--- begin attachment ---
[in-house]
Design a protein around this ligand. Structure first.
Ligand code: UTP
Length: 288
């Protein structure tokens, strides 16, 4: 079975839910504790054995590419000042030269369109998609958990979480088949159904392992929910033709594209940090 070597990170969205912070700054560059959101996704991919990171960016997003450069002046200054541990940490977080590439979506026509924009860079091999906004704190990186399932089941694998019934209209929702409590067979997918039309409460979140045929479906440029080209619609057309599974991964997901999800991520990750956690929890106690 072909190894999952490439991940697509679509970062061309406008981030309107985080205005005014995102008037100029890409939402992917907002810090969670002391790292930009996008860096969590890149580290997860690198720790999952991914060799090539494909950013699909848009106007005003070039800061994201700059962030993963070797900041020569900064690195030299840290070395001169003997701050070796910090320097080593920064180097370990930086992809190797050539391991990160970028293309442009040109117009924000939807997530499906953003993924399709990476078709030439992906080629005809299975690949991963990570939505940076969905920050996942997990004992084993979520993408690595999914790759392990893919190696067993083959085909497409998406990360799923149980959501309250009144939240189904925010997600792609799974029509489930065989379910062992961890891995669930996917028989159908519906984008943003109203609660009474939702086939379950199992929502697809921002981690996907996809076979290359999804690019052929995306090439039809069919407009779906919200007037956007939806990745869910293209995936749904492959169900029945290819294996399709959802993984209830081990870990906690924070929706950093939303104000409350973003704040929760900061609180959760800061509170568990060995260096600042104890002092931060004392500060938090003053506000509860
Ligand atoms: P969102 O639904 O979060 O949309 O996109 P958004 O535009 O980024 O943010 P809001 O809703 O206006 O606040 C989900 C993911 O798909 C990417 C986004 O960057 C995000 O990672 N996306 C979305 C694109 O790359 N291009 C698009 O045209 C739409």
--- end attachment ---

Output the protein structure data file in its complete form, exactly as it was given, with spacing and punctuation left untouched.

[in-house]
Design a protein around this ligand. Structure first.
Ligand code: UTP
Length: 288
């Protein structure tokens, strides 16, 4: 079975839910504790054995590419000042030269369109998609958990979480088949159904392992929910033709594209940090 070597990170969205912070700054560059959101996704991919990171960016997003450069002046200054541990940490977080590439979506026509924009860079091999906004704190990186399932089941694998019934209209929702409590067979997918039309409460979140045929479906440029080209619609057309599974991964997901999800991520990750956690929890106690 072909190894999952490439991940697509679509970062061309406008981030309107985080205005005014995102008037100029890409939402992917907002810090969670002391790292930009996008860096969590890149580290997860690198720790999952991914060799090539494909950013699909848009106007005003070039800061994201700059962030993963070797900041020569900064690195030299840290070395001169003997701050070796910090320097080593920064180097370990930086992809190797050539391991990160970028293309442009040109117009924000939807997530499906953003993924399709990476078709030439992906080629005809299975690949991963990570939505940076969905920050996942997990004992084993979520993408690595999914790759392990893919190696067993083959085909497409998406990360799923149980959501309250009144939240189904925010997600792609799974029509489930065989379910062992961890891995669930996917028989159908519906984008943003109203609660009474939702086939379950199992929502697809921002981690996907996809076979290359999804690019052929995306090439039809069919407009779906919200007037956007939806990745869910293209995936749904492959169900029945290819294996399709959802993984209830081990870990906690924070929706950093939303104000409350973003704040929760900061609180959760800061509170568990060995260096600042104890002092931060004392500060938090003053506000509860
Ligand atoms: P969102 O639904 O979060 O949309 O996109 P958004 O535009 O980024 O943010 P809001 O809703 O206006 O606040 C989900 C993911 O798909 C990417 C986004 O960057 C995000 O990672 N996306 C979305 C694109 O790359 N291009 C698009 O045209 C739409």